From ex-Apple evangelist and guru’s guru Guy Kawasaki, who gets more visits to his blog in a day than most people see in a month, these fun but serious two posts on preventing a Bozo expolsion and the Bozoification aptitude…

  43. Another Todd March 9, 2006 at 11:21 am - Reply

    How many points do I add if the CEO has a private jet that he leases to the company?

  44. Somebody March 11, 2006 at 12:13 am - Reply

    Ah, I remember it well. Viant, Scient, Sapient and finally, my love, Zentropy.
    I was there, I saw it happen, it’s all so.
    Aloha!

  45. Jack Yan March 25, 2006 at 7:14 pm - Reply

    Another Todd below, that’s still one point.

  46. Snag March 26, 2006 at 2:56 am - Reply

    The best of all … “If the company has replaced customer service staff with a call-centre … add 200 points”

  47. Le blog May 9, 2006 at 1:23 am - Reply

    Des liens en vrac concernant les start-ups

    Jimagine que ça concernerait plutôt Stéphane Lee, mais je suis tombé récement sur quelques liens assez intéressants concernant les bonnes pratiques de gestion des start-ups.
    Dabord avec lexemple à mon avis le plus éclatant …

  48. Sandeep Thukral June 23, 2006 at 4:01 am - Reply

    A better copy of the 35 points has been created and is available at
    http://www.geocities.com/sandeepthukral/bozo/GBAT.pdf

  49. Top female motivational speaker Rosemary The Celtic Lady October 18, 2006 at 1:07 pm - Reply

    Points are an interesting yard stick however in my experience many company executives have so much fear that someone may actually make them look bad, by being brighter than them they will go out of their way to hire someone totally unsuitable.
    Before you know it you have a tier of fools ignoring the fact that the bright people in lower levels are all jumping ship.
    If the least likely candidate gets the job then start working on your resume before the ship sinks.

  50. Michael November 28, 2006 at 8:50 am - Reply

    Hi Guy,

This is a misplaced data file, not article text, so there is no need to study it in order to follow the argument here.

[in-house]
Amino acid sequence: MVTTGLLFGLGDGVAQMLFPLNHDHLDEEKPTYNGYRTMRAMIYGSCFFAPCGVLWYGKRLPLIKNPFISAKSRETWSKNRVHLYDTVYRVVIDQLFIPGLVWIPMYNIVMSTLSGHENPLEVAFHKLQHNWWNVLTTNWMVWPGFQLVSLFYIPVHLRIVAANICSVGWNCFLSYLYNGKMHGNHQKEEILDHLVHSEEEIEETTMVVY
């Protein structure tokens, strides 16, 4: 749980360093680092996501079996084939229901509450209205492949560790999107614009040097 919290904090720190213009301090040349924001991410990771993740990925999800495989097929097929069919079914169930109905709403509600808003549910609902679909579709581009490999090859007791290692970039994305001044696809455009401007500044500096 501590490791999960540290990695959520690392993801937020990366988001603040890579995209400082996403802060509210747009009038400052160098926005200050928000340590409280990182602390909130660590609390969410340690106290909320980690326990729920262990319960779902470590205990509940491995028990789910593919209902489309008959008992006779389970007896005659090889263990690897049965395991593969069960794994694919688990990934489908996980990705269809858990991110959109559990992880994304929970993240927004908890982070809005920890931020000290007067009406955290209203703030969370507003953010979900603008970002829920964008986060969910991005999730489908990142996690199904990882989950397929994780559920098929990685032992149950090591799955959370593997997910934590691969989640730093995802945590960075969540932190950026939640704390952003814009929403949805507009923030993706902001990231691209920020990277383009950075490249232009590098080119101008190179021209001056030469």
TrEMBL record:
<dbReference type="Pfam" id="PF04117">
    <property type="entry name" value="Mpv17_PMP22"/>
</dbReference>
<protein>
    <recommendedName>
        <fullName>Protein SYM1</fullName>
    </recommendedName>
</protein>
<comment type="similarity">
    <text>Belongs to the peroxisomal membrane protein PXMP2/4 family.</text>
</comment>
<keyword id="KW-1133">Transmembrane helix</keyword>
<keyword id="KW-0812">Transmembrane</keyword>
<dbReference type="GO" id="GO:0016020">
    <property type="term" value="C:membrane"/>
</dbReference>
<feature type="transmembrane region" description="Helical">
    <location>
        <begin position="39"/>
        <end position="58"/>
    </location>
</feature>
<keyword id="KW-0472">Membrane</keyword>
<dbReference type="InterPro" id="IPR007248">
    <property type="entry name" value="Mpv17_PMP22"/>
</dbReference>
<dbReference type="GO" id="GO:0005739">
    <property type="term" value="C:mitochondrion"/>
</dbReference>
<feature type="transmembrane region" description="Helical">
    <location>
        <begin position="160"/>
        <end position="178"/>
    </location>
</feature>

I just saw you speak at Pubcon in Vegas. Love the bozosity. You had me laughing my head off during the keynote. Keep up the good work.
    I have already rehashed some of your stories of bozosity and the one about the aid to help the Coast Guard find drowners.
    Michael

  51. Prashant Morgaonkar December 5, 2006 at 10:55 pm - Reply

    A Senior VP reports to a Senior VP who reports to a Senior VP who reports to the CEO.

  52. Sam Horton February 13, 2007 at 4:14 pm - Reply

    How about 2 more for Bozosity…
    1) An HR department (that hasn’t been outsourced yet) that is supposed to recruit talent, and shine a great impression on their company, states when there is a need for talent… “submit your resume to our website, and I will forward it to the hiring manager.”
    Huh?
    and 2) 20 years after a certain company had been deregulated and now has to compete on the open market, one executive was heard to say, “Don’t they now we are ??&?, they have to do it!”
    No wonder.

  53. Betmaker May 3, 2007 at 11:35 am - Reply

    7 points but we are a small company and growing…
    Sportsbook Bonuses

  54. What About Clients? April 16, 2008 at 9:01 am - Reply

    Fighting Bozo-osity At Your Shop.

    From ex-Apple evangelist and guru’s guru Guy Kawasaki, who gets more visits to his blog in a day than most people see in a month, these fun but serious two posts on preventing a Bozo explosion and the Bozoification aptitude…